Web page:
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Overworked? Japanese Government Asks Workers To Chill

Update Date: Jan 24, 2017 08:50 AM EST

Overworked employees are more stressed and prone to health problems. Starting February, the Japanese government will ask workers to chill out by designating every last Friday of the month as "Premium Friday."

While the government initiative is not mandatory, employees are encouraged to sign out at 3 PM. The Japanese are known for being workaholics that they even have a word for it - karoshi, which means death by overwork.

Japan's biggest business lobby, Keidanren, is encouraging its members to take part in the government's initiative. Ironically, officials of Ministry of Economy, Trade and Industry (METI) have not yet decided if they will participate. But METI chief Hiroshige Seko has already given his secretaries orders not to schedule appointments after 3 PM.

Japan has more holidays compared to France and United States, however, these do not seem to take employees away from their work. A typical worker only uses half of his annual paid leaves, according to Japan Times.

Working long hours is considered a virtue in the country. Around one in eight workers spend 80 hours or more in their work.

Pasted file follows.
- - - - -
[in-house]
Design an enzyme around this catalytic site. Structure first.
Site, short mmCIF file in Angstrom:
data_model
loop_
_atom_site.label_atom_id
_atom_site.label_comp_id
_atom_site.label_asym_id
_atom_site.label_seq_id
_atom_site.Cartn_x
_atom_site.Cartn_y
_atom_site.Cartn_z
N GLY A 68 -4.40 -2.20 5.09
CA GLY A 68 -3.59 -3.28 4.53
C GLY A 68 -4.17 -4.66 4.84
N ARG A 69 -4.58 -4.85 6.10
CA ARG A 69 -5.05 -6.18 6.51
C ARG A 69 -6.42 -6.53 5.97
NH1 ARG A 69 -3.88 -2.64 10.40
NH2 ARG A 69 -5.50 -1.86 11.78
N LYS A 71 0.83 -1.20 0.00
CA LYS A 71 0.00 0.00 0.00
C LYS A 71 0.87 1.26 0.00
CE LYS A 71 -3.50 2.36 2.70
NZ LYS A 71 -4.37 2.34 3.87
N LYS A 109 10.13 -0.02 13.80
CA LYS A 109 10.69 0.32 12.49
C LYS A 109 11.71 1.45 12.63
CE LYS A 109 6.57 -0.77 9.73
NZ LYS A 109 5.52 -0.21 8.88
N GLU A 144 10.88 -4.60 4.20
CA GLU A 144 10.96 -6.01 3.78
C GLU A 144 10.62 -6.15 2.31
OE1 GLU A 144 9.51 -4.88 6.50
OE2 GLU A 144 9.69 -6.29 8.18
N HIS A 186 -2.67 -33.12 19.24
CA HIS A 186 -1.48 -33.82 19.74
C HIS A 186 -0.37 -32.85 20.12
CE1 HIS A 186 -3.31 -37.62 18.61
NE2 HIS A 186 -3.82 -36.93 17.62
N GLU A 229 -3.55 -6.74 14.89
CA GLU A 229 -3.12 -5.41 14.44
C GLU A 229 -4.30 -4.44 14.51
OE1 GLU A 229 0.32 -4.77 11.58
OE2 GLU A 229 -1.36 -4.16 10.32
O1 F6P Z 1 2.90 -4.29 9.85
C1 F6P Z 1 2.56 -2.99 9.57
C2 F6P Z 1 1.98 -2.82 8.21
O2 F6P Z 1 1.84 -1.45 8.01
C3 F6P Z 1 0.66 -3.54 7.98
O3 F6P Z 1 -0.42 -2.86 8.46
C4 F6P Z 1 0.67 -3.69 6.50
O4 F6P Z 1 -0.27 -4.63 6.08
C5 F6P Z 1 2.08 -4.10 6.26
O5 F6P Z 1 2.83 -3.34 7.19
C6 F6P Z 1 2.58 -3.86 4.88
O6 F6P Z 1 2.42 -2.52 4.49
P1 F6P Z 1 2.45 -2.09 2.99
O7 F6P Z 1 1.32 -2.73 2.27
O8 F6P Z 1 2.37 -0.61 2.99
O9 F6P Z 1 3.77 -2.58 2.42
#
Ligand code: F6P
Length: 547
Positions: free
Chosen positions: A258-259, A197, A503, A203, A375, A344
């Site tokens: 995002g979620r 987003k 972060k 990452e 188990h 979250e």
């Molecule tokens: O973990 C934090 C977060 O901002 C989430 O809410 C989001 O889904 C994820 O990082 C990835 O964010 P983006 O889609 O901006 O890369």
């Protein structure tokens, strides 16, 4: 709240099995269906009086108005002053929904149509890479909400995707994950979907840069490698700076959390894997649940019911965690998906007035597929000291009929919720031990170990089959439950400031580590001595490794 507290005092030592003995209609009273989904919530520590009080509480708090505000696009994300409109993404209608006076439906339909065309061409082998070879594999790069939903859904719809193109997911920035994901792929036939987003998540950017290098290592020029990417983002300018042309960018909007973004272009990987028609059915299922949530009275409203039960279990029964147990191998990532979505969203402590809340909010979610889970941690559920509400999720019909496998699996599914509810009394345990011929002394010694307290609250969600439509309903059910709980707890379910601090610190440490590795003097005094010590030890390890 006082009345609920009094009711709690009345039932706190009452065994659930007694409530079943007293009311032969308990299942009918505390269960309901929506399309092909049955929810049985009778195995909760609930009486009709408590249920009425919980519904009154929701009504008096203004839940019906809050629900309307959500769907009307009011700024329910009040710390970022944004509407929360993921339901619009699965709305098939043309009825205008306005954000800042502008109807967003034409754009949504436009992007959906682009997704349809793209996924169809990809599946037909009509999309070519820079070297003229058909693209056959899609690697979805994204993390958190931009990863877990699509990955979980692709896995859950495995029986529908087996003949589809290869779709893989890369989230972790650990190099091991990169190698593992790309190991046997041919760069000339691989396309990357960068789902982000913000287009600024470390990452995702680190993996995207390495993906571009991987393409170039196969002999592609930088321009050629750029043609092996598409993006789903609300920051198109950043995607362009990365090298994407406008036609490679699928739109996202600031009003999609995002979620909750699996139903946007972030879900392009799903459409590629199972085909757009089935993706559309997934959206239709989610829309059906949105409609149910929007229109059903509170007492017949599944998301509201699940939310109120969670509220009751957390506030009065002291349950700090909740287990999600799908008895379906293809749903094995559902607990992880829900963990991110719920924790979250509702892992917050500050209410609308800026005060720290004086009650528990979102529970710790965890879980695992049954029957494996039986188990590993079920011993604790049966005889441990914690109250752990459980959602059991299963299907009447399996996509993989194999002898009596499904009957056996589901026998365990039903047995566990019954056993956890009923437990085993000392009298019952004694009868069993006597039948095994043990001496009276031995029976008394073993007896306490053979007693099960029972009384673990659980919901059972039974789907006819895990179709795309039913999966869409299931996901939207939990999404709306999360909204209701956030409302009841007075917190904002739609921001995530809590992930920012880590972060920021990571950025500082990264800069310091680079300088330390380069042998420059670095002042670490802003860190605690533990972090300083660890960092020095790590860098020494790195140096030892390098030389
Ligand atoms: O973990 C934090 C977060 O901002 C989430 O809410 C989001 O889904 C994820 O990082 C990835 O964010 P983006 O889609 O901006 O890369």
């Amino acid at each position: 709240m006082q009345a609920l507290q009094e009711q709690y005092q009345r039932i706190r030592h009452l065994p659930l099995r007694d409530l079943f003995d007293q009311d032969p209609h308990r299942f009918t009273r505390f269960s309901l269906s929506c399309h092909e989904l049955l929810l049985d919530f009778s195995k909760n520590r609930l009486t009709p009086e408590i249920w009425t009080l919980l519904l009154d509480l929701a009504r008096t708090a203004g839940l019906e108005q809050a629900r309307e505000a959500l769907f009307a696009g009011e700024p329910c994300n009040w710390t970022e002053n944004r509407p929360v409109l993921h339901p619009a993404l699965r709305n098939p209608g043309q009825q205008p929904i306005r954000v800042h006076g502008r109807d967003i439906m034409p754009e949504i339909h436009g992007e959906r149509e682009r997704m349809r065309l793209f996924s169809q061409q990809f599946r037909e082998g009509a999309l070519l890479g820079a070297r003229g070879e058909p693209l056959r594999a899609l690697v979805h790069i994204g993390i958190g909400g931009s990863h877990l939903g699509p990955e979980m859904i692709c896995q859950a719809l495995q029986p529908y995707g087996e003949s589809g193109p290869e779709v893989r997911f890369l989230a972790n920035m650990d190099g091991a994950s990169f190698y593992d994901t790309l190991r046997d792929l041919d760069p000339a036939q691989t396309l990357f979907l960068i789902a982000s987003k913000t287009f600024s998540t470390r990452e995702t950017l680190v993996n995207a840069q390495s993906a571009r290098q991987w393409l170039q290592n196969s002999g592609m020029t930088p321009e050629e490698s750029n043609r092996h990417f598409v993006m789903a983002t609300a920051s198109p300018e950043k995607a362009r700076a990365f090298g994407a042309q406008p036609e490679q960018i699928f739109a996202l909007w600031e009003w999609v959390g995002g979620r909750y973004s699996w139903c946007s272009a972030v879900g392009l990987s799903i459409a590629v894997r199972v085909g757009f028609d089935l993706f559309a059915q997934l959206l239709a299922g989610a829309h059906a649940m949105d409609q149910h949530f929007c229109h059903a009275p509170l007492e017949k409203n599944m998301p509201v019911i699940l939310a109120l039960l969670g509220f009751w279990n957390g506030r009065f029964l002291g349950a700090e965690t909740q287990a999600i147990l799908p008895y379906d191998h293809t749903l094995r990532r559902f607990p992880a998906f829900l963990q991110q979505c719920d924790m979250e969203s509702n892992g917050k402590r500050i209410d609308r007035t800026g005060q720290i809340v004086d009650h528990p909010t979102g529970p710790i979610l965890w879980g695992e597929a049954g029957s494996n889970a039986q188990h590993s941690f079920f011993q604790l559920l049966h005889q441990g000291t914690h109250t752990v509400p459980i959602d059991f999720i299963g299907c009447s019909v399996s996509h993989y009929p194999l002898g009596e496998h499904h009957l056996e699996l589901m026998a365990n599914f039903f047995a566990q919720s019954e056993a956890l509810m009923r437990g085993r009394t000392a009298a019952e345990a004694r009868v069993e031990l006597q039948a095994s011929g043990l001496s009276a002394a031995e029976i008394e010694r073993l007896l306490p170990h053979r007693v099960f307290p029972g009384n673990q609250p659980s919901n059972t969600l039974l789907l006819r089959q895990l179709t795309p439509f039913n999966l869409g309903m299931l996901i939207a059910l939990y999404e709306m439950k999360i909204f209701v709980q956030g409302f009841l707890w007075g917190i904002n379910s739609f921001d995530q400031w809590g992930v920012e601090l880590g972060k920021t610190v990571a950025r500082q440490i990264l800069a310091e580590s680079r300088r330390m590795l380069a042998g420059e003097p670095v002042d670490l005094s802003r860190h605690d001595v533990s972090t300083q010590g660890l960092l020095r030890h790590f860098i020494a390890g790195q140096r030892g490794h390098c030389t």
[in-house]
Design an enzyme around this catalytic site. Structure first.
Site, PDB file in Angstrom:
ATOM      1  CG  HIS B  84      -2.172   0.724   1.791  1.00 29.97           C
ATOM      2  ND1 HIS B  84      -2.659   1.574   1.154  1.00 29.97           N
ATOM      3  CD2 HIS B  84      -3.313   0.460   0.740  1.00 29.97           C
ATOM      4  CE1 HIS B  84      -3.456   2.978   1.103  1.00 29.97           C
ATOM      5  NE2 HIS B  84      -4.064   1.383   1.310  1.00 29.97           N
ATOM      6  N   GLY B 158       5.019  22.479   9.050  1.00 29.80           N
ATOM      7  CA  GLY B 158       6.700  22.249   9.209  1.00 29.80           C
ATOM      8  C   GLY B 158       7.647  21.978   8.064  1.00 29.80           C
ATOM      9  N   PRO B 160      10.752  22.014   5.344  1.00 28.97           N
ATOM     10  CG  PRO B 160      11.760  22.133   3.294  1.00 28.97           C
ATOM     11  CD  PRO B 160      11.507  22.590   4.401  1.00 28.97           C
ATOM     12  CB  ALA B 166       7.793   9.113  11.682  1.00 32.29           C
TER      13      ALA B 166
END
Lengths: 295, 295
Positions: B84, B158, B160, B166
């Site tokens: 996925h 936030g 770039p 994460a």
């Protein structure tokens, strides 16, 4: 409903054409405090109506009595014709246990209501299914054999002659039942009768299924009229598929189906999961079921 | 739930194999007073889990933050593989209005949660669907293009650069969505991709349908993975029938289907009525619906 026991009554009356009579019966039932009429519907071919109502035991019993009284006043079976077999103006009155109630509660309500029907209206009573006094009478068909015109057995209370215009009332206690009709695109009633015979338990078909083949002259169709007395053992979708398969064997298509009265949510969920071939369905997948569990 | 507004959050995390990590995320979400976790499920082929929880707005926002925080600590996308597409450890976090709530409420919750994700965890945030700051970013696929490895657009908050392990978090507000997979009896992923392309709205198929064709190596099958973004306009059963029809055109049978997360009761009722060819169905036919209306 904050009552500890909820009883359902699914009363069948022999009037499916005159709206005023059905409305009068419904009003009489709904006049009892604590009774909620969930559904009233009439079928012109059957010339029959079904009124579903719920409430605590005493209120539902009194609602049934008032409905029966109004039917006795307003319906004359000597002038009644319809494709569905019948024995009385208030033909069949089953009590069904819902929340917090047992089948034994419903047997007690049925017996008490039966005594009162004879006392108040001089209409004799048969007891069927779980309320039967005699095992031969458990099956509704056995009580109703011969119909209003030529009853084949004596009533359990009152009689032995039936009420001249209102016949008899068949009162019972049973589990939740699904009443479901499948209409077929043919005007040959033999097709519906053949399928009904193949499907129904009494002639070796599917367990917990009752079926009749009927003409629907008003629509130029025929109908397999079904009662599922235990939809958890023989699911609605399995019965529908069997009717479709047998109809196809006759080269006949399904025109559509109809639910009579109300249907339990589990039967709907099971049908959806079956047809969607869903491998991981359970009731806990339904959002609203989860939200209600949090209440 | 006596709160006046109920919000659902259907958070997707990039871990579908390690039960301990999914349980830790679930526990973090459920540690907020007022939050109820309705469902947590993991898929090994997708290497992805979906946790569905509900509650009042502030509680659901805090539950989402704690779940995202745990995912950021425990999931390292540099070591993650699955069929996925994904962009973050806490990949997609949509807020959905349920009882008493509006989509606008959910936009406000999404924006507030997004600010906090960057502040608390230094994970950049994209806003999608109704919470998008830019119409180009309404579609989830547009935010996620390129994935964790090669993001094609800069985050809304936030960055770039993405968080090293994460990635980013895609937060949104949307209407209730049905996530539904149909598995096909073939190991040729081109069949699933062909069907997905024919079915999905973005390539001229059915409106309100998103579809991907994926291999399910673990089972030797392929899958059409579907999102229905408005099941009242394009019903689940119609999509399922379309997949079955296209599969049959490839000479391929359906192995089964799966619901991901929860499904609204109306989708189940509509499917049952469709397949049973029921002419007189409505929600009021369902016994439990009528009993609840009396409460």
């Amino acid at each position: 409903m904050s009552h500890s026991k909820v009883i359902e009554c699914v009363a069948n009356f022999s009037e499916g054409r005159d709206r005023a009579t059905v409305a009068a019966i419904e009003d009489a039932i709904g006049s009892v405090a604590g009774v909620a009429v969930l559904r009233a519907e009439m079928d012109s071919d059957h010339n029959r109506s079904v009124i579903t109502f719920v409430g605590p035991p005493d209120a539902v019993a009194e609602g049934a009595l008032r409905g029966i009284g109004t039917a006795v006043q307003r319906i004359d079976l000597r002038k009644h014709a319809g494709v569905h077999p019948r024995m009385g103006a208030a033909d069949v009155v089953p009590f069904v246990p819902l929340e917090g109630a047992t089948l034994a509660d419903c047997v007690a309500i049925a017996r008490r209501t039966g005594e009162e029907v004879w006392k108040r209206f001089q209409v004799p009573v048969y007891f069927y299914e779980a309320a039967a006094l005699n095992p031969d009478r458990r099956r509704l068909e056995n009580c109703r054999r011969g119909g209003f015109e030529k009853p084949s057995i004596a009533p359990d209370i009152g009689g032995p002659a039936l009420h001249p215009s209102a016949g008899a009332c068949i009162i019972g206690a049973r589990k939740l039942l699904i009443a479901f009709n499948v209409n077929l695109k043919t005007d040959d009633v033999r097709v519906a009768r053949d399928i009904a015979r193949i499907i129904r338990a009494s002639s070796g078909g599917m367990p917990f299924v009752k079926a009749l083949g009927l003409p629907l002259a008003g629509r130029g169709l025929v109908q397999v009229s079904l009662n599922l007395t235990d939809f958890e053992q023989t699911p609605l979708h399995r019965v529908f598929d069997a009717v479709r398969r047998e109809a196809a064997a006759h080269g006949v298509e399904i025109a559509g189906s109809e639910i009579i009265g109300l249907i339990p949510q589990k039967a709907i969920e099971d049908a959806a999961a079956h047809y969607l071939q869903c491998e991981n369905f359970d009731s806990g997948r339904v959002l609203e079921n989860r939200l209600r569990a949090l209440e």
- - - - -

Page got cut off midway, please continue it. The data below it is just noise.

There are numerous disadvantages to working too much, and in worst case scenarios, have caused the death of employees. For instance, an advertising agency employee committed suicide in 2015. She was found to have been working 100 extra hours a month. The incident has prompted the government to look into the country's working habits.

There are also cases wherein working more than the typical 40 hours in a week is mandated and not voluntary. Mitsubishi was referred to the labor ministry on suspicion that management forced a 31-year0old male employee to do excessive overtime.

Government spokesperson Yoshihide Suga believes that Japan needs to end their overworking habit so they can have time to live their lives,  like raising a child or taking care of elders in the family.

However, some are skeptical that the "Premium Friday" will give workers a time to chill out as they may find it necessary to do overtime on other days. Critics say that the government should instead focus on efficiency to avoid overworking.

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